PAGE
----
It has finally quieted down here. The foals called for three days and then gradually settled down. My nerves were shot. I seriously thought Shorty was going to go bald. The barn owner did try to help out by taking us out to our paddocks earlier and leaving us out longer. On the fourth day the foals were also allowed out in the big covered round pen. We could hear them calling and running about. Sad times, but all young horses must grow up and learn to fend for themselves. I remember when I was weaned and how shocked and hurt I felt at my mother leaving me. But I grew up and now I’m a stable individual indeed, no pun intended.
A new horse arrived in the barn yesterday. He was put in the end stall, which has an empty stall between it and Shorty's stall. We haven't spoken to him yet but we could see him as he was led past and he was shockingly thin. Trooper was curious enough to ask me if I knew what had happened, breaking his self imposed silent treatment of me. I had no idea. My human, and the other humans, all went to see the horse and pet him. We could hear them talking, but couldn’t get the real gist of the conversation, although we heard the word "rescue" quite a bit. I am curious, but also a bit afraid of what I might find out. Surely the poor thing is not ill or contagious or he wouldn't have been brought into the barn with the babies.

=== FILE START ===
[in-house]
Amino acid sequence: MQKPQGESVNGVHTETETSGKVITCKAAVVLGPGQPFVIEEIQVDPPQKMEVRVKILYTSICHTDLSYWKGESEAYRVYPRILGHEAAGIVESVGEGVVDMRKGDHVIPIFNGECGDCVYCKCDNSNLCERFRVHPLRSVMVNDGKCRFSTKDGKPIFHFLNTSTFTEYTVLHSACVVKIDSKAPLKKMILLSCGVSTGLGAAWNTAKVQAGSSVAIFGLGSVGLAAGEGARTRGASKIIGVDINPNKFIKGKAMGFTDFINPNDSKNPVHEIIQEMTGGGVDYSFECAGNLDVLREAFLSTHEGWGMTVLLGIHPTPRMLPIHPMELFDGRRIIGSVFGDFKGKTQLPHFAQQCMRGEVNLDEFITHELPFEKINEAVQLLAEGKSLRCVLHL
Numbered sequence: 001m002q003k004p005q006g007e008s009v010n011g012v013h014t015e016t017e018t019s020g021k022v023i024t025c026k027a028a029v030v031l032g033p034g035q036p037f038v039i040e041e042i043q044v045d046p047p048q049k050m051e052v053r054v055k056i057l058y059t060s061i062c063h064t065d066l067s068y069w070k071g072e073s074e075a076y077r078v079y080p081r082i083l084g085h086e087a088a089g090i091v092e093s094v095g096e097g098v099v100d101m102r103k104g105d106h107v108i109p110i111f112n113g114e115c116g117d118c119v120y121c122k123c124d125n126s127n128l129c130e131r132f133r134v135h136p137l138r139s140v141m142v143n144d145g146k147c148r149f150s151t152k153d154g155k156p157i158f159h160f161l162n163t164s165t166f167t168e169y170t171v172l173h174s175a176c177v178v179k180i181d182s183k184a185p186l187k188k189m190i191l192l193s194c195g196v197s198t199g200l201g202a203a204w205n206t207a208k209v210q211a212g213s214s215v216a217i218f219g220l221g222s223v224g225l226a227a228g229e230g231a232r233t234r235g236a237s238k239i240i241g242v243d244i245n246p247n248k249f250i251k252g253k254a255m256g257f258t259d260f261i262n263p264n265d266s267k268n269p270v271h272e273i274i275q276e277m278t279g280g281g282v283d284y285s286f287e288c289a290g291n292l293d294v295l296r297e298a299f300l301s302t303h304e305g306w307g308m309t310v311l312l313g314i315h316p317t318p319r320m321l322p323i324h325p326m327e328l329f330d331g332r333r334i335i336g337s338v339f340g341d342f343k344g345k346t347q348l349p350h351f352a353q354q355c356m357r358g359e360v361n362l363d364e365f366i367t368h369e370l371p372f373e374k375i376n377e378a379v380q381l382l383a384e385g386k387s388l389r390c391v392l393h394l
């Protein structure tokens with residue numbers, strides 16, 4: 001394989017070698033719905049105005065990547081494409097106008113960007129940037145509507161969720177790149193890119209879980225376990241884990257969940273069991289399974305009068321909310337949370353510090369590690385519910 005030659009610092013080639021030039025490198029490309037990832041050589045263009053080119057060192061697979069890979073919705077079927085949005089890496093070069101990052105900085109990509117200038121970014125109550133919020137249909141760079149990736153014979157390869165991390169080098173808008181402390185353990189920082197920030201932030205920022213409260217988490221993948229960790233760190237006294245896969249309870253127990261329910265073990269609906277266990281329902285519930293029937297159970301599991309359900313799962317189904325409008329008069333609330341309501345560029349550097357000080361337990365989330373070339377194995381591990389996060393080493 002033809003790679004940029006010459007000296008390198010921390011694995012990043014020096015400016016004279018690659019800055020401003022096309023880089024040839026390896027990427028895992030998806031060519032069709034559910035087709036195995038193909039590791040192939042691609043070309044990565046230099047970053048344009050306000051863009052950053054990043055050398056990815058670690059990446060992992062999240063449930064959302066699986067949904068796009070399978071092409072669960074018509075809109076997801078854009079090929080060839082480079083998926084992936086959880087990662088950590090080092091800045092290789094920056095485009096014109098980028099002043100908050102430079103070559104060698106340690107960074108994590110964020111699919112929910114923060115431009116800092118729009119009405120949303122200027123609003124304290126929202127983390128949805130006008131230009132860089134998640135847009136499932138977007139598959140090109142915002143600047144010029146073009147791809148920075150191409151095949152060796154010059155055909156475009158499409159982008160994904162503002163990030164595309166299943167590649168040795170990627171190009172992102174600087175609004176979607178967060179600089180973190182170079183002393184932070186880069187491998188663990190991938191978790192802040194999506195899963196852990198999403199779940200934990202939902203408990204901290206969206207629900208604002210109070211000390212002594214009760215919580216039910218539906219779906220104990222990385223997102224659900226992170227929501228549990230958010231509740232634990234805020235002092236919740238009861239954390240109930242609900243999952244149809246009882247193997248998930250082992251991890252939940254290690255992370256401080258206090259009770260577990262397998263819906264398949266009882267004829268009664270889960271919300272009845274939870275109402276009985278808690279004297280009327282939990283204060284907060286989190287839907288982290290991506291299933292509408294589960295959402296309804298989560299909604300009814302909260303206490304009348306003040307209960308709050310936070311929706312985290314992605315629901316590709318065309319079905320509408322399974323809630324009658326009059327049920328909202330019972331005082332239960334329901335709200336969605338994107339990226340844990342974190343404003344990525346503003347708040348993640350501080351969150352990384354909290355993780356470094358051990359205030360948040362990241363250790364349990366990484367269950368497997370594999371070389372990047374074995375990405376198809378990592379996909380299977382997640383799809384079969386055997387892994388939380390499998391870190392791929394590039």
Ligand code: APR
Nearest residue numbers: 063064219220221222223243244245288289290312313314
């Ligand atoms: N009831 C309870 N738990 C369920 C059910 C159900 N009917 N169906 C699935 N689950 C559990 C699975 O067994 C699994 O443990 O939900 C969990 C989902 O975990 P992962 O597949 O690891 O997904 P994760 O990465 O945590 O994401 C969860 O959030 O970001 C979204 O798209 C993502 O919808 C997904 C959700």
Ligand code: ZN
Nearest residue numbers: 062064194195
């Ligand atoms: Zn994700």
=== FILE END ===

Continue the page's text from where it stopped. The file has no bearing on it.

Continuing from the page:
I noticed that the trees along the paddocks are turning yellow and orange, so fall is once more coming around. I hope the weather holds, as I would like to school my human more on her seat and leg cues. Shorty is going to a "team penning" tomorrow night, I have no idea what that entails, but he did mention cows, so it's best I don’t go too. Trooper will probably spend the winter in the south like he did last year. His imported human likes to show all year. Trooper better watch his human closely or he is going to find himself being traded for some hairy legged foreign horse. More Later.
The water crossing of doom
1 day ago